Rhinoceros Horn Sutra

The Rhinoceros Sutra (Pāli: Khaggavisāna-sutta; Sanskrit: Khaḍgaviṣāṇa Gāthā; Gāndhārī: Khargaviṣana-sutra) is a very early Buddhist text advocating the merit of solitary asceticism for pursuing enlightenment (as opposed to practicing as a householder or in a community of monks or nuns).


The Rhinoceros Sutra has long been identified, along with the Aṭṭhakavagga and Pārāyanavagga as one of the earliest texts found in the Pali Canon. (Salomon, pp. 15-16) This identification has been reinforced by the discovery of a version in the Gandharan Buddhist Texts, the oldest Buddhist (and, indeed, Indian) manuscripts extant. It also exists in a Buddhist Hybrid Sanskrit version. The early date for the text along with its rather unusual (within community-oriented Buddhism) approach to monastic life have led some scholars to suggest that it represents a holdover from a very early stage of Buddhism.


The sutra, which consists of a series of verses which discuss both the perils of community life and the benefits of solitude, and almost all of which end with the admonition that seekers should wander alone like rhinoceros. The verses are somewhat variable between versions, as is the ordering of verses, suggesting a rich oral tradition that diverged regionally or by sect before being written down.

Association with pratyekabuddhas

Traditional commentaries on the text have unanimously associated the Rhinoceros Sutra with the Buddhist tradition of pratyekabuddhas. (Salomon, p. 10, 13)

In the 4th century Mahāyāna abhidharma work Abhidharmasamuccaya, Asaṅga describes followers of the Pratyekabuddha Vehicle (Skt. pratyekabuddhayanika) as those who dwell alone like the horn of a rhinoceros, or as a solitary conquerors (Skt. pratyekajina) living in a small group.[1] Here they are characterized as utilizing the same canon of texts as the śrāvakas, the Śrāvaka Piṭaka, but having a different set of teachings, the Pratyekabuddha Dharma.[2]

Naming controversy

There is an ongoing dispute over whether the title, "sword-horn" sutra, is to be taken as a tatpuruṣa compound (a sword which is a horn) or as a bahuvrīhi compound (one who has a sword as a horn). In the former case, the title should be rendered "The Rhinoceros-Horn Sutra"; in the latter case, it should be rendered, "The Rhinoceros Sutra." There is textual evidence to support either interpretation. (Salomon, pp. 11-12)

In general, the Mahāyāna traditions in India took the title to refer to the image of an Indian rhinoceros, which is a solitary animal. The Theravāda tradition tended toward the "rhinoceros horn" interpretation, but there is some variance between Theravāda commentators, with some referring to the image of a rhinoceros rather than a rhinoceros horn. (Salomon, p. 13)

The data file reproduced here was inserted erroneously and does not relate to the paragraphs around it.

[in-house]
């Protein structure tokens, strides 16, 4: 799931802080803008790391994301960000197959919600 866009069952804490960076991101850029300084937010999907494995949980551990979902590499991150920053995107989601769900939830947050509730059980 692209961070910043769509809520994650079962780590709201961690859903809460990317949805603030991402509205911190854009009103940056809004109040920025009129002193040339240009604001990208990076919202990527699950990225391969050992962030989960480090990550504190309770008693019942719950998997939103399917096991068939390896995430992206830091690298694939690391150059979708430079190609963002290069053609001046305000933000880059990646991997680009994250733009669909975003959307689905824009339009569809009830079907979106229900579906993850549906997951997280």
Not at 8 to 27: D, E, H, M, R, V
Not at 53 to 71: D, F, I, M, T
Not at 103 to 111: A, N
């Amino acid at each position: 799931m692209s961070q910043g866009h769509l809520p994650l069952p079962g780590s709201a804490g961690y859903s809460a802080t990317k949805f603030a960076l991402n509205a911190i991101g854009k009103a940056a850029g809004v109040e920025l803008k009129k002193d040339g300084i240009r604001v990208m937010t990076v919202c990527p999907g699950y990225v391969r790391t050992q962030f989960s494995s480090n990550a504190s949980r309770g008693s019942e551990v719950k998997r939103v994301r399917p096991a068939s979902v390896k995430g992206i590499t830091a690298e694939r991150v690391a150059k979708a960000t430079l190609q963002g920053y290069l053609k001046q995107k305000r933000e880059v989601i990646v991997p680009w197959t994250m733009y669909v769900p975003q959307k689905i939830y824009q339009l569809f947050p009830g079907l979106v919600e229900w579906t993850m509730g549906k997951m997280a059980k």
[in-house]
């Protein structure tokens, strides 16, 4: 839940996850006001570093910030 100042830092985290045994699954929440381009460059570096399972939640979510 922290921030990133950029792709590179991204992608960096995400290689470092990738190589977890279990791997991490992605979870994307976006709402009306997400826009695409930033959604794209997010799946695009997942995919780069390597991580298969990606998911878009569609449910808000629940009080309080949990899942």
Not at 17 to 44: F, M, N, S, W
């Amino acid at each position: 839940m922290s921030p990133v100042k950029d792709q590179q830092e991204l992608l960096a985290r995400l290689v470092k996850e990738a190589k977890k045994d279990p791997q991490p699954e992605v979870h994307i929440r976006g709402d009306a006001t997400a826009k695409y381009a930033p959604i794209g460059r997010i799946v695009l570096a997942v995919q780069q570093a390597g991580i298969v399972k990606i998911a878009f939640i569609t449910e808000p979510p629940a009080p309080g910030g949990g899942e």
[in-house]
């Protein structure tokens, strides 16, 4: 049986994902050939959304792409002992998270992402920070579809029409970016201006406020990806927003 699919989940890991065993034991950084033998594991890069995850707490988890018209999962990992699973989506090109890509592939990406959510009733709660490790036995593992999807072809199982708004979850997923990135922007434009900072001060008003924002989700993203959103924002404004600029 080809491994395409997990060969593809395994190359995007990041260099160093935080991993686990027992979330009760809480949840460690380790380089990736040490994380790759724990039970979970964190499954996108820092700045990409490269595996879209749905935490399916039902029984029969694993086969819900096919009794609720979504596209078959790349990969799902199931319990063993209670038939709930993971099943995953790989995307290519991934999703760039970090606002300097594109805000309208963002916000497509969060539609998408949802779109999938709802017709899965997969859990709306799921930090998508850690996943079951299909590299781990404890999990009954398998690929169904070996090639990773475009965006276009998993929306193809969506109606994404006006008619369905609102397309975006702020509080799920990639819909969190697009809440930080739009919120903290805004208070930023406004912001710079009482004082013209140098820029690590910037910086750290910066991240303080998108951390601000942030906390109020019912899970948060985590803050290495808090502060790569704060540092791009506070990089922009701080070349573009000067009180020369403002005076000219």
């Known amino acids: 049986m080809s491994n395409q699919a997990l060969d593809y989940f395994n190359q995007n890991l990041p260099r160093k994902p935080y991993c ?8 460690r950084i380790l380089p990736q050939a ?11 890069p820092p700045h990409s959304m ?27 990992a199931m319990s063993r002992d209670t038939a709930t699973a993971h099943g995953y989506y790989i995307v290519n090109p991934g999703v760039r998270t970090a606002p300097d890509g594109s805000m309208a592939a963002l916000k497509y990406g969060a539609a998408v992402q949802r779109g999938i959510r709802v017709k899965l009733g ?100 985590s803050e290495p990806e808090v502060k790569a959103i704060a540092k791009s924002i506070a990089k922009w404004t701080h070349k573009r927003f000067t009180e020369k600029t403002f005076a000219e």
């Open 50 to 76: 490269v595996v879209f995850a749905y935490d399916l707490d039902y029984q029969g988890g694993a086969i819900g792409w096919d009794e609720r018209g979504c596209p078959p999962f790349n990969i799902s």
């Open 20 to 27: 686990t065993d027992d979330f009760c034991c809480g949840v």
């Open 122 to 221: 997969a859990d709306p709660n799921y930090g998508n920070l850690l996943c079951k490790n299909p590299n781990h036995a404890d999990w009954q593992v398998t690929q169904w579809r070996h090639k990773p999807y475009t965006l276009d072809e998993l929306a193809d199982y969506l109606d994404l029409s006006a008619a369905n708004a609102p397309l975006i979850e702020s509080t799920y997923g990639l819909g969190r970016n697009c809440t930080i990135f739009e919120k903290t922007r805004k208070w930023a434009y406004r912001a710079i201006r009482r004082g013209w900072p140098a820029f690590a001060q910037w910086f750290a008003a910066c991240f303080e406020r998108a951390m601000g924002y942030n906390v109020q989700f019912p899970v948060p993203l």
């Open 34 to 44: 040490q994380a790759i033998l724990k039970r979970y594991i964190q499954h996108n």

Location in Buddhist canons

In the Pali Suttapitaka, this sutta is the third sutta in the Khuddaka Nikaya's Sutta Nipata's first chapter (Uragavagga, or the "Snake Chapter," named after the chapter's first sutta), and thus can be referenced in the Pali canon as "Sn 1.3." For a complete translation of the Pali text, see Thanissaro (1997).

See also



  • Salomon, Richard. A Gāndhārī Version of the Rhinoceros Sutra: British Library Kharoṣṭhi Fragment 5B Univ. of Washington Press: Seattle and London, 2000
  • Thanissaro Bhikkhu (trans.) (1997). Sutta Nipata I.3, Khaggavisana Sutta: A Rhinoceros Horn. Available at http://www.accesstoinsight.org/canon/sutta/khuddaka/suttanipata/snp1-03.html

This article was sourced from Creative Commons Attribution-ShareAlike License; additional terms may apply. World Heritage Encyclopedia content is assembled from numerous content providers, Open Access Publishing, and in compliance with The Fair Access to Science and Technology Research Act (FASTR), Wikimedia Foundation, Inc., Public Library of Science, The Encyclopedia of Life, Open Book Publishers (OBP), PubMed, U.S. National Library of Medicine, National Center for Biotechnology Information, U.S. National Library of Medicine, National Institutes of Health (NIH), U.S. Department of Health & Human Services, and USA.gov, which sources content from all federal, state, local, tribal, and territorial government publication portals (.gov, .mil, .edu). Funding for USA.gov and content contributors is made possible from the U.S. Congress, E-Government Act of 2002.
Crowd sourced content that is contributed to World Heritage Encyclopedia is peer reviewed and edited by our editorial staff to ensure quality scholarly research articles.
By using this site, you agree to the Terms of Use and Privacy Policy. World Heritage Encyclopedia™ is a registered trademark of the World Public Library Association, a non-profit organization.